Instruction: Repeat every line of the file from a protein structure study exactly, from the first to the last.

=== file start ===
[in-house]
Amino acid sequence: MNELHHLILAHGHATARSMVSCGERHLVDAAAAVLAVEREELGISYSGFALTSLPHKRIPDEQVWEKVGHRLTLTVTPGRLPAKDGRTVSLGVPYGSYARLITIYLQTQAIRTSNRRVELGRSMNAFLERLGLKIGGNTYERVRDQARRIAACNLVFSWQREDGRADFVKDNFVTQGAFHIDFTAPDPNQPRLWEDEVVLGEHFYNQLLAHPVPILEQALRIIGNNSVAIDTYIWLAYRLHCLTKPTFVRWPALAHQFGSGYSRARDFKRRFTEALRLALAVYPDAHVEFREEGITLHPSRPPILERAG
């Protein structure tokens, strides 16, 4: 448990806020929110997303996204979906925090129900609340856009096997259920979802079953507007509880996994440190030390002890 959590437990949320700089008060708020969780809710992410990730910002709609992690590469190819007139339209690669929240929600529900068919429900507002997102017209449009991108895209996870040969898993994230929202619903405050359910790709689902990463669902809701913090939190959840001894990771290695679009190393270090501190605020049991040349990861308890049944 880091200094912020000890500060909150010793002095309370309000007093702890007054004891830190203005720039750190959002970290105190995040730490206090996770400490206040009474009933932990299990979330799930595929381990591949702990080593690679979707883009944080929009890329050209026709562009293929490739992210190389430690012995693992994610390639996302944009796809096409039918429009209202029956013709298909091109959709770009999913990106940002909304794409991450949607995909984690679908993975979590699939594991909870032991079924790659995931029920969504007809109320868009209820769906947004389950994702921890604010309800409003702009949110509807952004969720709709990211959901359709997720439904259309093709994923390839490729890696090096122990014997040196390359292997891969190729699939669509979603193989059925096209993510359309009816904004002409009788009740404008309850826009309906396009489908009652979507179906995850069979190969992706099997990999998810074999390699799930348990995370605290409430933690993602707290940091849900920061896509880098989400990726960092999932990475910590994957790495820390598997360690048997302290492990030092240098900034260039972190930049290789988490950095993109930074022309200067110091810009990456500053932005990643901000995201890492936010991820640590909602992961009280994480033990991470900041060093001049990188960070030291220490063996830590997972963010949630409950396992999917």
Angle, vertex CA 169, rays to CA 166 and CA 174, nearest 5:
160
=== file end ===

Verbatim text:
[in-house]
Amino acid sequence: MNELHHLILAHGHATARSMVSCGERHLVDAAAAVLAVEREELGISYSGFALTSLPHKRIPDEQVWEKVGHRLTLTVTPGRLPAKDGRTVSLGVPYGSYARLITIYLQTQAIRTSNRRVELGRSMNAFLERLGLKIGGNTYERVRDQARRIAACNLVFSWQREDGRADFVKDNFVTQGAFHIDFTAPDPNQPRLWEDEVVLGEHFYNQLLAHPVPILEQALRIIGNNSVAIDTYIWLAYRLHCLTKPTFVRWPALAHQFGSGYSRARDFKRRFTEALRLALAVYPDAHVEFREEGITLHPSRPPILERAG
């Protein structure tokens, strides 16, 4: 448990806020929110997303996204979906925090129900609340856009096997259920979802079953507007509880996994440190030390002890 959590437990949320700089008060708020969780809710992410990730910002709609992690590469190819007139339209690669929240929600529900068919429900507002997102017209449009991108895209996870040969898993994230929202619903405050359910790709689902990463669902809701913090939190959840001894990771290695679009190393270090501190605020049991040349990861308890049944 880091200094912020000890500060909150010793002095309370309000007093702890007054004891830190203005720039750190959002970290105190995040730490206090996770400490206040009474009933932990299990979330799930595929381990591949702990080593690679979707883009944080929009890329050209026709562009293929490739992210190389430690012995693992994610390639996302944009796809096409039918429009209202029956013709298909091109959709770009999913990106940002909304794409991450949607995909984690679908993975979590699939594991909870032991079924790659995931029920969504007809109320868009209820769906947004389950994702921890604010309800409003702009949110509807952004969720709709990211959901359709997720439904259309093709994923390839490729890696090096122990014997040196390359292997891969190729699939669509979603193989059925096209993510359309009816904004002409009788009740404008309850826009309906396009489908009652979507179906995850069979190969992706099997990999998810074999390699799930348990995370605290409430933690993602707290940091849900920061896509880098989400990726960092999932990475910590994957790495820390598997360690048997302290492990030092240098900034260039972190930049290789988490950095993109930074022309200067110091810009990456500053932005990643901000995201890492936010991820640590909602992961009280994480033990991470900041060093001049990188960070030291220490063996830590997972963010949630409950396992999917």
Angle, vertex CA 169, rays to CA 166 and CA 174, nearest 5:
160